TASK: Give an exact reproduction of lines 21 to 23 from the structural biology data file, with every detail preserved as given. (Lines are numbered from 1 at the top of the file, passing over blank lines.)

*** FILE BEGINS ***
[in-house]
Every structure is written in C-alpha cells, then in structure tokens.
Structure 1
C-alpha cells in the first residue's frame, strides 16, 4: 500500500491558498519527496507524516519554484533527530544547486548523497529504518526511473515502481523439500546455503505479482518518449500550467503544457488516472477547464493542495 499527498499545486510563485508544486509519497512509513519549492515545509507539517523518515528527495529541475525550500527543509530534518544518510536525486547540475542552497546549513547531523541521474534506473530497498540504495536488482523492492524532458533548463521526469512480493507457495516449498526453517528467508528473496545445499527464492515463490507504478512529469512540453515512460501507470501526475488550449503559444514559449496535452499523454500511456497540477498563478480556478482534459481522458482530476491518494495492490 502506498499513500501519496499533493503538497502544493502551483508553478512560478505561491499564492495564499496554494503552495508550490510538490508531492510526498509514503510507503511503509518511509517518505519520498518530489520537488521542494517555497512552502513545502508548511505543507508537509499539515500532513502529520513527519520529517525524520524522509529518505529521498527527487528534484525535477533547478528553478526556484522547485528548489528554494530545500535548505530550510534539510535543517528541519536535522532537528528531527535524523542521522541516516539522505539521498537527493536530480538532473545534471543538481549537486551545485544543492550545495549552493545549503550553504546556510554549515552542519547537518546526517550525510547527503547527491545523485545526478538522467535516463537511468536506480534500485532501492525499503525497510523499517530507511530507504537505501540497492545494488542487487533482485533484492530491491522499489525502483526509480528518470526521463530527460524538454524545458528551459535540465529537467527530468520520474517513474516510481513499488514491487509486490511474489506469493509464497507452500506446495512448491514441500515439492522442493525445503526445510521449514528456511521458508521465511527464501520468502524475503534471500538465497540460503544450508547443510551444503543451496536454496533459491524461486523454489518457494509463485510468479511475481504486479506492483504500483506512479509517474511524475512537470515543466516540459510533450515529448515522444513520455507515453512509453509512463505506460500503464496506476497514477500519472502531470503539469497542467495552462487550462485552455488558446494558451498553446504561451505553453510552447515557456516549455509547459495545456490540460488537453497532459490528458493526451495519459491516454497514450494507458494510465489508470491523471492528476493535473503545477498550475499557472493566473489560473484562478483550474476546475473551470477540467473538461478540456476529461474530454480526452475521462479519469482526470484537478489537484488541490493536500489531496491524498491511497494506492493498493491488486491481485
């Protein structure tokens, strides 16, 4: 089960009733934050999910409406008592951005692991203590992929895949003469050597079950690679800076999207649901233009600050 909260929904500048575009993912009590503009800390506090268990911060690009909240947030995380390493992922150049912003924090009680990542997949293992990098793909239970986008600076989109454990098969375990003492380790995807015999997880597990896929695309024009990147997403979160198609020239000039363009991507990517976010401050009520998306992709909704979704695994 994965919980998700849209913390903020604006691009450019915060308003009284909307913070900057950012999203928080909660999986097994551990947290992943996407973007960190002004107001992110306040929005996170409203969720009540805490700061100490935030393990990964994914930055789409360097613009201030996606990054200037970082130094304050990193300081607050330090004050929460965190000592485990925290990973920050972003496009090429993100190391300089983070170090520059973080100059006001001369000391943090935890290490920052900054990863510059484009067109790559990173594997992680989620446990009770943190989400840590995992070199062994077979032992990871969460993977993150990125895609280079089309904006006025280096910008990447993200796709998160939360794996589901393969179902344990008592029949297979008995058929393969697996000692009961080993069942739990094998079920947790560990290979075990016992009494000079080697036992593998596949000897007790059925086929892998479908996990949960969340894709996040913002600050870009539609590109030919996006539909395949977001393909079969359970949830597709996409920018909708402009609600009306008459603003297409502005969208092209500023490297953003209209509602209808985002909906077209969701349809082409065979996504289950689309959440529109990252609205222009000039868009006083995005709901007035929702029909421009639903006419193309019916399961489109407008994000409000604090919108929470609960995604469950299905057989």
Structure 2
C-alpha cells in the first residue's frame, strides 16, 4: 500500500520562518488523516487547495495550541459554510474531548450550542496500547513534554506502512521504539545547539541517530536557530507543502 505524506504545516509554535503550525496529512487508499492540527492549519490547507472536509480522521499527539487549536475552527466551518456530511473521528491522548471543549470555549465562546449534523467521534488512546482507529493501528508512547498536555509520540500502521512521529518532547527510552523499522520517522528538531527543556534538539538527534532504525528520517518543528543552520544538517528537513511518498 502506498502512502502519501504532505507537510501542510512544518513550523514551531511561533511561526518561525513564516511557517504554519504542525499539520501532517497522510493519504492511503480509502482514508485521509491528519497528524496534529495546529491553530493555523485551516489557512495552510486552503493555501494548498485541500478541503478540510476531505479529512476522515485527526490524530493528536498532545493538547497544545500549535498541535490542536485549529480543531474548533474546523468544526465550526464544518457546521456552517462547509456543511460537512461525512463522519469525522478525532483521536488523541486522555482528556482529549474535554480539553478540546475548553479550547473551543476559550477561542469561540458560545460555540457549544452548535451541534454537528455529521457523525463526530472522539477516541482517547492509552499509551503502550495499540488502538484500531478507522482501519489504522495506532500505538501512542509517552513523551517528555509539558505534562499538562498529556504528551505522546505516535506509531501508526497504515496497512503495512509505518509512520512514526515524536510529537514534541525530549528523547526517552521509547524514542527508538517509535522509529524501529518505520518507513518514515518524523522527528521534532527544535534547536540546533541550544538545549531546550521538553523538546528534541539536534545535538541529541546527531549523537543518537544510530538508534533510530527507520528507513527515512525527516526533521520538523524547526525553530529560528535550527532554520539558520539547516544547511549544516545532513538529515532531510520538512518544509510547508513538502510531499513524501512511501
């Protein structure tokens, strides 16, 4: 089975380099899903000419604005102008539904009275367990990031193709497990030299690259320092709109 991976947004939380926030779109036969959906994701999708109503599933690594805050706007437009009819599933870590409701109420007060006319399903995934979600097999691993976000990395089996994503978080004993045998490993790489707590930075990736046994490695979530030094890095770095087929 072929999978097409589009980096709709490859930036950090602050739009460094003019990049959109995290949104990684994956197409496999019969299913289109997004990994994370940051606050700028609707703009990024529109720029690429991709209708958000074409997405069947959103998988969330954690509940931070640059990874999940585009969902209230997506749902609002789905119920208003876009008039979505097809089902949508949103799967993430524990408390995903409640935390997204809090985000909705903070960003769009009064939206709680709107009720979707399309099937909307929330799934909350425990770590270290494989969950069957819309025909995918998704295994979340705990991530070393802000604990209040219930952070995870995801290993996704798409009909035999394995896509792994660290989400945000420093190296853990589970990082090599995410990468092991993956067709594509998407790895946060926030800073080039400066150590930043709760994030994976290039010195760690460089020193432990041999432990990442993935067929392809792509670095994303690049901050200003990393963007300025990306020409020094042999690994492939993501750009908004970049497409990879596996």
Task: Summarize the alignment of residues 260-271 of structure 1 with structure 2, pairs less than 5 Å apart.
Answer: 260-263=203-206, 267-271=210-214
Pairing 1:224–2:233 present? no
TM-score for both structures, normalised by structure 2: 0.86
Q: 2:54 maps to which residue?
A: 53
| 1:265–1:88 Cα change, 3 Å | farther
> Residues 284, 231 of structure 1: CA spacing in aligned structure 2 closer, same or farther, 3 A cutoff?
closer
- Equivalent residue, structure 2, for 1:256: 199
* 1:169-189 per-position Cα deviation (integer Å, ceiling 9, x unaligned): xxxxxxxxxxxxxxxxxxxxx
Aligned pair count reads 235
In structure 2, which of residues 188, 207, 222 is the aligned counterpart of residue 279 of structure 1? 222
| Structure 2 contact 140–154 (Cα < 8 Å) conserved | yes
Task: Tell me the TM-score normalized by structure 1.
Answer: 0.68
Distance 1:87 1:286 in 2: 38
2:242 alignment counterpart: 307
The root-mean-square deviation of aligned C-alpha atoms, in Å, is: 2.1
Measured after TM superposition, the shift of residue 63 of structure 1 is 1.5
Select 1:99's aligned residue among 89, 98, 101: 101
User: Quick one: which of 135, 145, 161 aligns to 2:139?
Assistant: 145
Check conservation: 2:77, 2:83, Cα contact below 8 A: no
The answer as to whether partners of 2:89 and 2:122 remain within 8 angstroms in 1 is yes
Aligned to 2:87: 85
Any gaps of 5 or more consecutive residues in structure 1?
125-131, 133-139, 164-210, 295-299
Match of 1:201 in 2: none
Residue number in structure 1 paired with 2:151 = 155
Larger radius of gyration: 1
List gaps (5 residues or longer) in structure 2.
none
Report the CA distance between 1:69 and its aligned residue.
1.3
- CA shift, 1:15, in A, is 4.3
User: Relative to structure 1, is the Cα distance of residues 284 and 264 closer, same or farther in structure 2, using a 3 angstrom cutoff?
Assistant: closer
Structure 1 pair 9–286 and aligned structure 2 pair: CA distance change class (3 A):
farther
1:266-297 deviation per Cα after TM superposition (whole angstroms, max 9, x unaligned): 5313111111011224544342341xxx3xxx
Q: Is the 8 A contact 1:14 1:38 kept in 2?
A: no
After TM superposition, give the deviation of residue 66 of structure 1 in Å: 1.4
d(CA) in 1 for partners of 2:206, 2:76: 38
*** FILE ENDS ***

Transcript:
In structure 2, which of residues 188, 207, 222 is the aligned counterpart of residue 279 of structure 1? 222
| Structure 2 contact 140–154 (Cα < 8 Å) conserved | yes
Task: Tell me the TM-score normalized by structure 1.